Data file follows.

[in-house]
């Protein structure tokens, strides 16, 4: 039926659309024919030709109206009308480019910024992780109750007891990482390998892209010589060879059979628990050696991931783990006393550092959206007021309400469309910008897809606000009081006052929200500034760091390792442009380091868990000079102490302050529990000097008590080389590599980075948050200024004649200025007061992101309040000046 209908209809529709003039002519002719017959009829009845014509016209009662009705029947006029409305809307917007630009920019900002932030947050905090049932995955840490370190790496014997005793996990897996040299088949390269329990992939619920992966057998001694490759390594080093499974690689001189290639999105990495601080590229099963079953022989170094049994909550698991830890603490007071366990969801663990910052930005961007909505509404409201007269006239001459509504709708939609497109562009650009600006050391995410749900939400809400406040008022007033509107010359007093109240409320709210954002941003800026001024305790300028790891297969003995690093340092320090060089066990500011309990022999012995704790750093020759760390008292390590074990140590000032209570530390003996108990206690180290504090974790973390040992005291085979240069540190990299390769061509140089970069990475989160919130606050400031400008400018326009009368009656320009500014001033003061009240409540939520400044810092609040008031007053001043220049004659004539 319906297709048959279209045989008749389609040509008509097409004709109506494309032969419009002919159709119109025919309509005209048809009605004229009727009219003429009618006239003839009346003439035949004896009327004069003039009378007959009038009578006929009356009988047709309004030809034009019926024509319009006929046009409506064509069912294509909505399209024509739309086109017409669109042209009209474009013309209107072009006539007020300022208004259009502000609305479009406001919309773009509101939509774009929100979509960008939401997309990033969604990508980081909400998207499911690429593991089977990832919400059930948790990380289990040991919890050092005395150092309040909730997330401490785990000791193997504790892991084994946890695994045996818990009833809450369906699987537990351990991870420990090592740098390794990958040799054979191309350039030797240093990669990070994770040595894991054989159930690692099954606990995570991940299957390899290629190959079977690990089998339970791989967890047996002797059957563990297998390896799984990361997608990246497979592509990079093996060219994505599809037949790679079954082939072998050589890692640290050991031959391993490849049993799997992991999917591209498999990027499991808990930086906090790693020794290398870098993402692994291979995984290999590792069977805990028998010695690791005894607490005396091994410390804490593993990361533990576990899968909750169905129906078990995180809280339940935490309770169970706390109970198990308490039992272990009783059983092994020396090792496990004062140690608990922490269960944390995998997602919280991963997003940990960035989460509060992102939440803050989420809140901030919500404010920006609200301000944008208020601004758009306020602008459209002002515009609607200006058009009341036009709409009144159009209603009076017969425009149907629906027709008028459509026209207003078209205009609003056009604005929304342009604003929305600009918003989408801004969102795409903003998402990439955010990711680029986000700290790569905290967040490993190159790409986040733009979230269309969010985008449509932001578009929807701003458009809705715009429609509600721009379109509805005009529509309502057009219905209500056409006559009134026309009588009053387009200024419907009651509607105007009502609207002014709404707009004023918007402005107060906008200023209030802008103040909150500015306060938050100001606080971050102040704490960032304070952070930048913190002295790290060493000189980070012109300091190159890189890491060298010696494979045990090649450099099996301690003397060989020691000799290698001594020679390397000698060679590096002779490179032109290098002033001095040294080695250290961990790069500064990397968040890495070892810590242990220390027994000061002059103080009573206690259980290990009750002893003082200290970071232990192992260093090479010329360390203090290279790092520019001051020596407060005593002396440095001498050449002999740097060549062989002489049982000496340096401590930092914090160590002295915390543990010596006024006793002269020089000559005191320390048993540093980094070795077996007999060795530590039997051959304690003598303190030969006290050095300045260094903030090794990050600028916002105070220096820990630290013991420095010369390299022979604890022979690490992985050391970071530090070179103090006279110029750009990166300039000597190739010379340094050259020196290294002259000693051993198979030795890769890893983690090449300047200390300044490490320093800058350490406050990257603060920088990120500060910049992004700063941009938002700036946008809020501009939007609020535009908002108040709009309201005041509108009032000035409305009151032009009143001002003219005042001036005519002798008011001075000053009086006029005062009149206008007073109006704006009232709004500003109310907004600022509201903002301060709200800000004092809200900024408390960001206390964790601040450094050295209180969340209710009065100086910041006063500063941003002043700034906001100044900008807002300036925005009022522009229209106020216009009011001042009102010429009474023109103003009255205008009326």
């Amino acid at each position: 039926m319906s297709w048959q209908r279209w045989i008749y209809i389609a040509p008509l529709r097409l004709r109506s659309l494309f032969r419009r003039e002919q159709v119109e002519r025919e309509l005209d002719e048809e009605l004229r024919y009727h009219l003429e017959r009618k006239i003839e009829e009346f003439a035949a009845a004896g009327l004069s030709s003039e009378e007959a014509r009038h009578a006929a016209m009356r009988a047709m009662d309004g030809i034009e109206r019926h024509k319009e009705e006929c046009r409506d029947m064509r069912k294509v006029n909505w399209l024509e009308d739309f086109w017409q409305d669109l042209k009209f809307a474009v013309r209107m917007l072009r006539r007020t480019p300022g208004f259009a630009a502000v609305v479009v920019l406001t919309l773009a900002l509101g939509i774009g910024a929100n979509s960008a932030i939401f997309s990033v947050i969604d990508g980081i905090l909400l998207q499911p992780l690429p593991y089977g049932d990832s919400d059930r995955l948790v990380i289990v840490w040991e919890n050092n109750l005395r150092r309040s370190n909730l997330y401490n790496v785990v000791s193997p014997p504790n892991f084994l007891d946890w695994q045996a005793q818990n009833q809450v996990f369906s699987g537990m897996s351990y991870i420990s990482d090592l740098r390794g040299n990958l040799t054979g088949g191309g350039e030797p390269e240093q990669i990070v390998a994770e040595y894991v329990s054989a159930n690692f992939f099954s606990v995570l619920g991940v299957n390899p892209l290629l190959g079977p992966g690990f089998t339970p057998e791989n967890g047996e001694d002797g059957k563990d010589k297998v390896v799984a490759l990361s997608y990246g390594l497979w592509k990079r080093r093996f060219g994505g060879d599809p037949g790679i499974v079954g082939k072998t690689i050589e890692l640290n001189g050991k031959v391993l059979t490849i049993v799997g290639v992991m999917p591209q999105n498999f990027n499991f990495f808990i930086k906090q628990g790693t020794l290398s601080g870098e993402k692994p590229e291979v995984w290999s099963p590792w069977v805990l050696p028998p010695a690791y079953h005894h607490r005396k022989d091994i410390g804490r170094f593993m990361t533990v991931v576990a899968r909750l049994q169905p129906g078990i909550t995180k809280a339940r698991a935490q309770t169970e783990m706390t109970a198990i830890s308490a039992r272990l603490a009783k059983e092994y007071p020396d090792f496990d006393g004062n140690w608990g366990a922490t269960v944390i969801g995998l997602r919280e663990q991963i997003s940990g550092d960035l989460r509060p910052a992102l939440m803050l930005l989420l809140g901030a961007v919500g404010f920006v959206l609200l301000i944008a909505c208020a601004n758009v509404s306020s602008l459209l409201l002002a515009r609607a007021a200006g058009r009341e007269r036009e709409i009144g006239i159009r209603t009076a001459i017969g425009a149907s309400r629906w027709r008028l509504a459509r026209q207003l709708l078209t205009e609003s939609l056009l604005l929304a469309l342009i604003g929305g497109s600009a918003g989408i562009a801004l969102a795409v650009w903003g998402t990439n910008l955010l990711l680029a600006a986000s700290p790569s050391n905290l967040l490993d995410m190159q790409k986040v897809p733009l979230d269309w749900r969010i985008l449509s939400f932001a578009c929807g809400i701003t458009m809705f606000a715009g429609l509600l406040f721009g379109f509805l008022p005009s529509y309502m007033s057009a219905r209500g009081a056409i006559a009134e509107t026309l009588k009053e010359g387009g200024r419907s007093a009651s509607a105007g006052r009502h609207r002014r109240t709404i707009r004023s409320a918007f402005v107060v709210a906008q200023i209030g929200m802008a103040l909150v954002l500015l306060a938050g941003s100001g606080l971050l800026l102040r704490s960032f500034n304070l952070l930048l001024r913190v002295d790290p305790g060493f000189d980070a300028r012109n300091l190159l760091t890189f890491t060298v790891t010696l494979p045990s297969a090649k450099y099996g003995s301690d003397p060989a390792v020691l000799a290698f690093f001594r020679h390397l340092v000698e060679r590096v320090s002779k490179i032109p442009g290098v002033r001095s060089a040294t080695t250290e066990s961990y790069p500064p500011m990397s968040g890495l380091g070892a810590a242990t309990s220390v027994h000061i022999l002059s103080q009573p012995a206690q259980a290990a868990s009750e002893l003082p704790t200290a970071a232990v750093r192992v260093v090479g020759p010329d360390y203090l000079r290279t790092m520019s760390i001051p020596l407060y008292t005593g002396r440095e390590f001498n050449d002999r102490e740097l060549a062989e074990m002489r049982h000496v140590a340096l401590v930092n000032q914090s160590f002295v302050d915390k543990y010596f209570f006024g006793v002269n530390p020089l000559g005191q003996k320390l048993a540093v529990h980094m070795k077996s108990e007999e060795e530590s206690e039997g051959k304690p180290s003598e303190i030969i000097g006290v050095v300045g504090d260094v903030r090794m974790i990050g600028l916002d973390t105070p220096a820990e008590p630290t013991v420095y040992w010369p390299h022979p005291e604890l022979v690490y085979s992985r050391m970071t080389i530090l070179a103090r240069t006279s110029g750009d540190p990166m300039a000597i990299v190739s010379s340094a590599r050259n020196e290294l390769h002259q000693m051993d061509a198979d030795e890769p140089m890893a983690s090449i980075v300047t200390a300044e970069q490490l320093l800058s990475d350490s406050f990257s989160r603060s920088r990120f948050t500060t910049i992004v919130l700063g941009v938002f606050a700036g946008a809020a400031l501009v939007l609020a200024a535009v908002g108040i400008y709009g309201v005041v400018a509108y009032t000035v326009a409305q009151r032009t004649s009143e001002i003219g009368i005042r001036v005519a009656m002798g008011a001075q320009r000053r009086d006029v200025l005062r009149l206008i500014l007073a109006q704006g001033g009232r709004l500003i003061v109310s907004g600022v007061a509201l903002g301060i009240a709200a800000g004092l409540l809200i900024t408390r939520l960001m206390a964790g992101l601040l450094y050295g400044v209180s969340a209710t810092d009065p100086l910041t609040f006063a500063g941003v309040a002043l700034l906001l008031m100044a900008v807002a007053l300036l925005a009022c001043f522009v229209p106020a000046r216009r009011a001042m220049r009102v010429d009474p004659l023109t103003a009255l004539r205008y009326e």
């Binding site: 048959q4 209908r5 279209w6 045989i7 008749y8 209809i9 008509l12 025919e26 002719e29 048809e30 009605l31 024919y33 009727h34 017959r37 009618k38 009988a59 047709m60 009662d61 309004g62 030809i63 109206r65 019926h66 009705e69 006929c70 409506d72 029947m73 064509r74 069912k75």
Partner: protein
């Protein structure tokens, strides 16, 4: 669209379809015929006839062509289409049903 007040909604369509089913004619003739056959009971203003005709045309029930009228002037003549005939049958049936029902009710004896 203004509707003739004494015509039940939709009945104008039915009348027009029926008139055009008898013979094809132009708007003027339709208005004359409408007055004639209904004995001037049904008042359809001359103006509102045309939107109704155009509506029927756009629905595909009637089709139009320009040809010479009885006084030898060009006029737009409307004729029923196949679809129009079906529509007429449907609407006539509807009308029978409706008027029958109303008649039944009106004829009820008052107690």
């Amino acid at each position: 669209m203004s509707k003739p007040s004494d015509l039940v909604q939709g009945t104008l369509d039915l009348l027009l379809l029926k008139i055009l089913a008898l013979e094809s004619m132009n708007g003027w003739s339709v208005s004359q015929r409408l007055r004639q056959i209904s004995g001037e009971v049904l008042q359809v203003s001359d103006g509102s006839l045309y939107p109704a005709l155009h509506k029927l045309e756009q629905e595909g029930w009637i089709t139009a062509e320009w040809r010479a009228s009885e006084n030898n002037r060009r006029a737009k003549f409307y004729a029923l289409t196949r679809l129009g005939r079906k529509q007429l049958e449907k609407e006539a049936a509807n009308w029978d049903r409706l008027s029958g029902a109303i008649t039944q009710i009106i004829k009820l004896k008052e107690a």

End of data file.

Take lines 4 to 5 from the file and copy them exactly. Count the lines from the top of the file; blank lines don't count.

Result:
């Binding site: 048959q4 209908r5 279209w6 045989i7 008749y8 209809i9 008509l12 025919e26 002719e29 048809e30 009605l31 024919y33 009727h34 017959r37 009618k38 009988a59 047709m60 009662d61 309004g62 030809i63 109206r65 019926h66 009705e69 006929c70 409506d72 029947m73 064509r74 069912k75």
Partner: protein